176217552_Hacker on Laptop-500pxThere are lots of things to be aware of in October, with 31 days of recognition for everything from breast cancer and dental hygiene to the equally weighty issue of squirrel awareness. In addition to these and many more observances, October also serves as Cyber Security Awareness Month.

Cyber security is a major issue in today’s interconnected world, with 50,000 new security threats emerging each day. According to the 2012 Data Breach Investigations Report, there were roughly 855 major data breaches recorded around the world in the previous year. It may not sound like much, but these breaches resulted in roughly 174,000 compromised records that cost companies billions of dollars.

As organizations develop security strategies to protect sensitive proprietary or customer information, the majority of dollars and hours are spent on technology. Which in fairness makes a lot of sense. Anti-virus programs, encryption software, and other digital theft deterrents are essential. But there’s a far more vulnerable area that receives far less attention . . . people.

Cyber security starts with behavior change.

It may come as a surprise that with all the advancements in technology, one of the most effective methods of “hacking” is good old-fashioned trickery. In the world of security it’s called social engineering, and refers to deceiving and influencing someone to share access-granting information. It could be an email that releases malicious code when opened, a charming phone call that induces an employee to share a password, or even a free hardware delivery that’s loaded with malware.

Sadly, there’s no computer program that can protect organizations from these kinds of attacks. The best protection is equally old-fashioned: education. Implementing behavior change training to create awareness and vigilance among employees is one of the most effective information security safety measures an organization can take.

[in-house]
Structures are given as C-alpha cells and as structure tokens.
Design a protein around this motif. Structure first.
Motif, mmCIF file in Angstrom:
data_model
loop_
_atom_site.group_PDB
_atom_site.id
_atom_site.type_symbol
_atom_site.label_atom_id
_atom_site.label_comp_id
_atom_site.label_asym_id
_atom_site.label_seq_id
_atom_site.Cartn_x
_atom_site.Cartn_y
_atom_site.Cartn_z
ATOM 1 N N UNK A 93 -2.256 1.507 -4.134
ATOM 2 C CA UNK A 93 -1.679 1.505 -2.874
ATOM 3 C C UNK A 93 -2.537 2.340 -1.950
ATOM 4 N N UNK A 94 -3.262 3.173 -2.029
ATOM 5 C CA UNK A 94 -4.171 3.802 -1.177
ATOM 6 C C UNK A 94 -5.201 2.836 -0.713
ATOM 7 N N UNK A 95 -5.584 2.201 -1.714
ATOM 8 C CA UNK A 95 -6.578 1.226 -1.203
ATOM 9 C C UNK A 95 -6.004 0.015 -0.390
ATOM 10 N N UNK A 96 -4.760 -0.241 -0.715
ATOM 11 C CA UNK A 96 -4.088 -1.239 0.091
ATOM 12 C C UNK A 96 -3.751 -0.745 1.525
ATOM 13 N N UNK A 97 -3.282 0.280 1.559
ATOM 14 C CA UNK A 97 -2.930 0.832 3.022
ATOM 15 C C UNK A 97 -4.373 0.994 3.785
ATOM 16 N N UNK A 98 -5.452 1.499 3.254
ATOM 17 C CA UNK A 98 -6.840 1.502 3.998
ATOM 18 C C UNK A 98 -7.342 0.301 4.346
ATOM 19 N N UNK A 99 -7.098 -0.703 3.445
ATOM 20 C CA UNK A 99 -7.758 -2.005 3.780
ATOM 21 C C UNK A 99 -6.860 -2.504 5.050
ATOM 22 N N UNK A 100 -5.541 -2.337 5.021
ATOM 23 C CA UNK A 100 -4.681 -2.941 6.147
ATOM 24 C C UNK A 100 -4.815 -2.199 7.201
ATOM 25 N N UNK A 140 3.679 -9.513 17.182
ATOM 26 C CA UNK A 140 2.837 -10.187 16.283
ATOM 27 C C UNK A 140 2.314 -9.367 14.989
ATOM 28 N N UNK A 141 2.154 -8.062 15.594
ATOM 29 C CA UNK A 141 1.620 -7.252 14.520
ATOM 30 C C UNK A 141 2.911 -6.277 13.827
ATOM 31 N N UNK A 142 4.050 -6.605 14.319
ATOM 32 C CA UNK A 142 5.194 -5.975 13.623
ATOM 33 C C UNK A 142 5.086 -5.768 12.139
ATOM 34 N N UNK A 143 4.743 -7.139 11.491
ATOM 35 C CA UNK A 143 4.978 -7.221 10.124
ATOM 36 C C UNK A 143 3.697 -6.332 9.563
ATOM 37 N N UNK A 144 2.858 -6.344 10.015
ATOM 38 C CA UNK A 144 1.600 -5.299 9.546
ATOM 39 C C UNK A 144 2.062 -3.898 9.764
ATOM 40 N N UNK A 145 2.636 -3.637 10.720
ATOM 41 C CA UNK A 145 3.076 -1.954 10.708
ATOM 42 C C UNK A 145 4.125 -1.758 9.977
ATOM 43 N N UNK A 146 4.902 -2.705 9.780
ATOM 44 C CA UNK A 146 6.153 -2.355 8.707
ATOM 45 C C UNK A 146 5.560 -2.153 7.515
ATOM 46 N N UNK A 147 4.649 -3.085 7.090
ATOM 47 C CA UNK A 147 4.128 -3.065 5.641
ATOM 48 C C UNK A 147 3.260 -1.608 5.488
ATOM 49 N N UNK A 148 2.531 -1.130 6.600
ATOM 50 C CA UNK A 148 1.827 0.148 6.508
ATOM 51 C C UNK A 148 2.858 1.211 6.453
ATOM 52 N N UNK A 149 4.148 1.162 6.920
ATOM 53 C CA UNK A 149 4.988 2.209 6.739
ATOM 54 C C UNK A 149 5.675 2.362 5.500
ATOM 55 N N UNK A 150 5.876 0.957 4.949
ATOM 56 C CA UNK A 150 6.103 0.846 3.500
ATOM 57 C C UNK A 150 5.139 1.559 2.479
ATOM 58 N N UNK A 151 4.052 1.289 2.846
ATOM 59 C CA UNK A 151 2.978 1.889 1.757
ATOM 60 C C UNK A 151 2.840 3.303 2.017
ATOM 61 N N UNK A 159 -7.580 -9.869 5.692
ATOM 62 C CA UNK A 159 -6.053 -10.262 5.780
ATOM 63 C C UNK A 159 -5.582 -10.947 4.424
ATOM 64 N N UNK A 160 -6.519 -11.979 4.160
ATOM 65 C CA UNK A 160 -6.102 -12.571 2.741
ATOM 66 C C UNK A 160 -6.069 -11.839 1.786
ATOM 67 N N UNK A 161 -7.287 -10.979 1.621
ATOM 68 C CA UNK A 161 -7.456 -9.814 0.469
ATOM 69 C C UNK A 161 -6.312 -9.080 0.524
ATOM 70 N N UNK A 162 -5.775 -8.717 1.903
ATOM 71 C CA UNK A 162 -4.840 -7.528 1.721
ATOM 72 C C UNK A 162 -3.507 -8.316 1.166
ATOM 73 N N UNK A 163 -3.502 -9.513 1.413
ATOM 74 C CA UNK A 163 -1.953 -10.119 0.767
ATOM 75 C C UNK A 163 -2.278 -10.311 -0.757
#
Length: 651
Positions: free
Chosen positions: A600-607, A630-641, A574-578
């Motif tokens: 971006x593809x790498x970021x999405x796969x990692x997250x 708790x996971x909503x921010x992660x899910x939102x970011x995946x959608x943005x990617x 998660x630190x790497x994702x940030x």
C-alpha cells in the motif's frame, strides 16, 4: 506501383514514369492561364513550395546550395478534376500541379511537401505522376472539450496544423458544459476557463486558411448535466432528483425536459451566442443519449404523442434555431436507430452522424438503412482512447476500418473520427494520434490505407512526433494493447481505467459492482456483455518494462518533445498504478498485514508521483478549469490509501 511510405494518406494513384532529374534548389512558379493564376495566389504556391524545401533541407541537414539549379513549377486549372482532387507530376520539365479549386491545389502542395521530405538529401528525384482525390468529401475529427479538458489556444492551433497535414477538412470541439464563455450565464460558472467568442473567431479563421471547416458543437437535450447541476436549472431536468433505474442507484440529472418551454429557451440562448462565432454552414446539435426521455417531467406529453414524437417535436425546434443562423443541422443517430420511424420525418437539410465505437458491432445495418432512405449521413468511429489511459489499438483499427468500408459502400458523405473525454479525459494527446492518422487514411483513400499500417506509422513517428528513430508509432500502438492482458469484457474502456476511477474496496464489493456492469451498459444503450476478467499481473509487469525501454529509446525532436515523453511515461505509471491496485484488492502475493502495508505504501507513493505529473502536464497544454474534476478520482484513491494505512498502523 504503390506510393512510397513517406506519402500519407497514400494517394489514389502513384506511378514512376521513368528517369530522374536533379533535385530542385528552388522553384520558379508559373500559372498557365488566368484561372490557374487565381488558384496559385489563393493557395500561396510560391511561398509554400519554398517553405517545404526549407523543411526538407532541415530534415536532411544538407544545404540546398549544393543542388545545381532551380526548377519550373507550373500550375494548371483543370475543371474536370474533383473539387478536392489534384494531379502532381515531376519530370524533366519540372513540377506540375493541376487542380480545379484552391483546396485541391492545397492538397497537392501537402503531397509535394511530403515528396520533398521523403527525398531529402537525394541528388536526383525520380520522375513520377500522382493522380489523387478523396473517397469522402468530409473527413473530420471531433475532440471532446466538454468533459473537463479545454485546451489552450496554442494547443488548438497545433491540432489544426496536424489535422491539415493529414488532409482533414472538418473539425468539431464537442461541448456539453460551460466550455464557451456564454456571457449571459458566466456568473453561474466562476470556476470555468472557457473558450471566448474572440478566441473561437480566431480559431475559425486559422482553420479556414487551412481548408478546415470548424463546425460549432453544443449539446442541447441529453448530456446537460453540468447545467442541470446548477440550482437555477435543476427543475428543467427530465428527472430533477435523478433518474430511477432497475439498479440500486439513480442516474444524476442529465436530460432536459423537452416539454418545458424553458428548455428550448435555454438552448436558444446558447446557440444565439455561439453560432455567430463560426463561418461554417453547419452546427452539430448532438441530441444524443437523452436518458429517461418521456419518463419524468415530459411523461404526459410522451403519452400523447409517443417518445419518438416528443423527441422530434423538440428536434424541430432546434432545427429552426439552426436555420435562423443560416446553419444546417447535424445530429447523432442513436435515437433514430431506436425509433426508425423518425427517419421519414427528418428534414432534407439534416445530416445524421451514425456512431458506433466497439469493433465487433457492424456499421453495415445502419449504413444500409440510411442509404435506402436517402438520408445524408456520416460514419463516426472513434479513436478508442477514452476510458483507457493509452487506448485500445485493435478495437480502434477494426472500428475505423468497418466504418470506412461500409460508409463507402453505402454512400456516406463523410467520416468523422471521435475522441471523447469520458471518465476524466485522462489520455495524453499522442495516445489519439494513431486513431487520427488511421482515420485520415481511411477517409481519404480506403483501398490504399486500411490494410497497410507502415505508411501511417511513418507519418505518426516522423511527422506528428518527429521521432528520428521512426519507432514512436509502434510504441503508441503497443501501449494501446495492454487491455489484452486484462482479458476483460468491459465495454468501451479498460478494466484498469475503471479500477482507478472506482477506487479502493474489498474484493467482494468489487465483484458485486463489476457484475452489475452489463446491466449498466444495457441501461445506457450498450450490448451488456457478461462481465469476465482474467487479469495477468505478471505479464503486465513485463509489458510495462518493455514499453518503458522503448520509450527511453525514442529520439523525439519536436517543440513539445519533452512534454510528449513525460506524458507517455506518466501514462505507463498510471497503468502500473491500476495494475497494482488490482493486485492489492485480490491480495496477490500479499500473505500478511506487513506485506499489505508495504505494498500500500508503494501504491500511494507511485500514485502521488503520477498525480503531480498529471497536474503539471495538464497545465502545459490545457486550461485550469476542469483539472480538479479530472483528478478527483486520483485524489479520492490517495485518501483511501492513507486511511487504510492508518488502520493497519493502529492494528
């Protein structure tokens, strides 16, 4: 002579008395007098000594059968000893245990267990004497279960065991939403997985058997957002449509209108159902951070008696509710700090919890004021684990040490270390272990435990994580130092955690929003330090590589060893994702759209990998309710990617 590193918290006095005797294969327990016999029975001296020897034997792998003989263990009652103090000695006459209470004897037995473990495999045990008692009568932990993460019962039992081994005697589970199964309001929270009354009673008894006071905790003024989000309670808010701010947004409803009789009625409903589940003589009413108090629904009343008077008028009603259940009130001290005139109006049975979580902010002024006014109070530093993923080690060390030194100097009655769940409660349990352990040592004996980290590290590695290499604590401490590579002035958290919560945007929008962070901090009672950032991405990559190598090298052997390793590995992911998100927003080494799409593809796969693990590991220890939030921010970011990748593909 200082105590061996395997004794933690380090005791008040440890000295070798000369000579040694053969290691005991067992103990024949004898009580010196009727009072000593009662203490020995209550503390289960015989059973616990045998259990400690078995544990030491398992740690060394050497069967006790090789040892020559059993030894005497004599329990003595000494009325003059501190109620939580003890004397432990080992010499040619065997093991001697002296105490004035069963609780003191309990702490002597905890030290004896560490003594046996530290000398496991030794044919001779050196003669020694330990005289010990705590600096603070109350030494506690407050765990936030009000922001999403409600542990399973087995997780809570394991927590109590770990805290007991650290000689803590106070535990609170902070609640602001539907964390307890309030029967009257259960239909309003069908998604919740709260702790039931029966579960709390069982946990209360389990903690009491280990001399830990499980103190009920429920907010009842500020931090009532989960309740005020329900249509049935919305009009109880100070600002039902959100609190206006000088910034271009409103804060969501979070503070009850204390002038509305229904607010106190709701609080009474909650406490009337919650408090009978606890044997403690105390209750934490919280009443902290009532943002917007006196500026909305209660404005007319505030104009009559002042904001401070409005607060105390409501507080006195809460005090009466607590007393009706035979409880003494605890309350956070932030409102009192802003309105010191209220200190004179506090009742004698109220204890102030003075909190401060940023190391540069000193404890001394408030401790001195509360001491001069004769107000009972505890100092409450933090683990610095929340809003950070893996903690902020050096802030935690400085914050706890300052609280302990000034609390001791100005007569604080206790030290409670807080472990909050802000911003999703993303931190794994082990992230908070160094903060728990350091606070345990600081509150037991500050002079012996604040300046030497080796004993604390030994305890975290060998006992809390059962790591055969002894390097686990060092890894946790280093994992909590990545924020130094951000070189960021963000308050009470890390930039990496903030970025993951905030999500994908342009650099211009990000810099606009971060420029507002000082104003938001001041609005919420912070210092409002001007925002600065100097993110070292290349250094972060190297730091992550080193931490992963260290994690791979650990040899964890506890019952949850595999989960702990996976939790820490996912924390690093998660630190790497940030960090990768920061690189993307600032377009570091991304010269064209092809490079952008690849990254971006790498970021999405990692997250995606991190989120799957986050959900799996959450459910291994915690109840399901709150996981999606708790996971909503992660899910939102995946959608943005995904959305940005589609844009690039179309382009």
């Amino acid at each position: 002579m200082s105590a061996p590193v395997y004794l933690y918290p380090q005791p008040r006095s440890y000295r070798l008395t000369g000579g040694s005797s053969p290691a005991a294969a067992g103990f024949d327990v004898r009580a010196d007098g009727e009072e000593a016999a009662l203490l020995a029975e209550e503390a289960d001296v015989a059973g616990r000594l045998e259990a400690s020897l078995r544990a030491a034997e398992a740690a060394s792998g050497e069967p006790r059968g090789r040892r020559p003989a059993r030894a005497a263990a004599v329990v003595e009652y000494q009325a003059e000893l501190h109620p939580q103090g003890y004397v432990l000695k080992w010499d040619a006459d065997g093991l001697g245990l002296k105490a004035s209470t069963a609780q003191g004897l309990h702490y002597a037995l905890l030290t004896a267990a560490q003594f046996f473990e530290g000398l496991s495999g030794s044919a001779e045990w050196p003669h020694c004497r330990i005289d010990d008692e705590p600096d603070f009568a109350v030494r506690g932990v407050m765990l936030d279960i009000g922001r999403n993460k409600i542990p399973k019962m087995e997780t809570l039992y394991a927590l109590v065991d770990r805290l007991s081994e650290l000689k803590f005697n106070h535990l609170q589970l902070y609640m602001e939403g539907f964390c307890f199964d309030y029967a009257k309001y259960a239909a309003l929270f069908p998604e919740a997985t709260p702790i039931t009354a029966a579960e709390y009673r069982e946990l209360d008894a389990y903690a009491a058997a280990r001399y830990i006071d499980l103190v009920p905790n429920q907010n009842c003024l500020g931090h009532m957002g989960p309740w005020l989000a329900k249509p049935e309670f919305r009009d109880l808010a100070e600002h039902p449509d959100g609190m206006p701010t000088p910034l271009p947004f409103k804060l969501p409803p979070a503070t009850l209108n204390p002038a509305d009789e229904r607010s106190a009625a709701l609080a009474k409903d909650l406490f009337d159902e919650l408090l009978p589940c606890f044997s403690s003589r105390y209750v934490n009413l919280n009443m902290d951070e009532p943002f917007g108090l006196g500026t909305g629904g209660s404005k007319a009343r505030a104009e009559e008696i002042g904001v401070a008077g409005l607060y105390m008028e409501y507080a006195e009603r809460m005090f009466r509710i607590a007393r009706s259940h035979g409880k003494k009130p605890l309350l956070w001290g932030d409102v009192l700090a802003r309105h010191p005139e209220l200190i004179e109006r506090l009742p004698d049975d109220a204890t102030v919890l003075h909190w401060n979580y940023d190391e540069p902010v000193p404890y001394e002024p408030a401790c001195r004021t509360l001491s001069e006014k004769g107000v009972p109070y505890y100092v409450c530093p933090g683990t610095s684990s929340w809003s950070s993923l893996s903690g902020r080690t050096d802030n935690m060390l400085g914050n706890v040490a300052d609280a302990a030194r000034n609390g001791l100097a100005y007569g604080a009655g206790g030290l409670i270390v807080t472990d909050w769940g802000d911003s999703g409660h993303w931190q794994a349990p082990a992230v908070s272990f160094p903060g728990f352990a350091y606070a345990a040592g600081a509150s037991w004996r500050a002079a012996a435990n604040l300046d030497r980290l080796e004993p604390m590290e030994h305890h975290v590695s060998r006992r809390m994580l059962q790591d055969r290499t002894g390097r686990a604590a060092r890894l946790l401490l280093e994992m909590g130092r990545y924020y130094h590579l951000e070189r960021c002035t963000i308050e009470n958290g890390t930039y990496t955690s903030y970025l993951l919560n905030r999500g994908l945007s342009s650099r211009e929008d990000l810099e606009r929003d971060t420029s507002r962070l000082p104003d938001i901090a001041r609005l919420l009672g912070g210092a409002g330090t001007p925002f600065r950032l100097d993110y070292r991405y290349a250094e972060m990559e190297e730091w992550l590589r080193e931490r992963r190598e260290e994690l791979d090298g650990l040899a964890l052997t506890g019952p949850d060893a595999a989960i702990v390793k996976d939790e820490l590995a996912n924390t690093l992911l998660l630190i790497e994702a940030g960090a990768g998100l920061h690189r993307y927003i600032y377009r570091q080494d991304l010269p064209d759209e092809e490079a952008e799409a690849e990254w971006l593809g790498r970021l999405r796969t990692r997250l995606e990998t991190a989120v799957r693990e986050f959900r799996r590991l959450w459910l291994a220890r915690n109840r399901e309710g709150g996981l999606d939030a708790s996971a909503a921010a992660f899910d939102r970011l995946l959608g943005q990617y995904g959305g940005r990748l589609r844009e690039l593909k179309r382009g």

Simple lessons can lead to iron-clad behavior change. 

Where do you start? At the beginning. When it comes to social engineering, nothing is too small or too trivial to be overlooked. Employees should be trained to never give passwords or authentication information to anyone they don’t know personally. To never accept gifts from an unknown entity. To avoid posting any potentially sensitive information to social networks, no matter how innocent it may seem.

Teaching people to protect themselves from social engineering often seems like a course in using common sense. In truth, it often is. But a moment of carelessness is all an experienced hacker needs to gain entry into your network and all the treasures it contains.

So as you continue to observe and celebrate Cyber Security Awareness Month, take a moment to determine the role behavior change currently plays in your cyber security strategy.

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How can we help you make change?

There are no comments yet. Be the first and leave a response!

Leave a Reply

Your email address will not be published. Required fields are marked *

Cyber security is less about technology . . . and more about behavior change.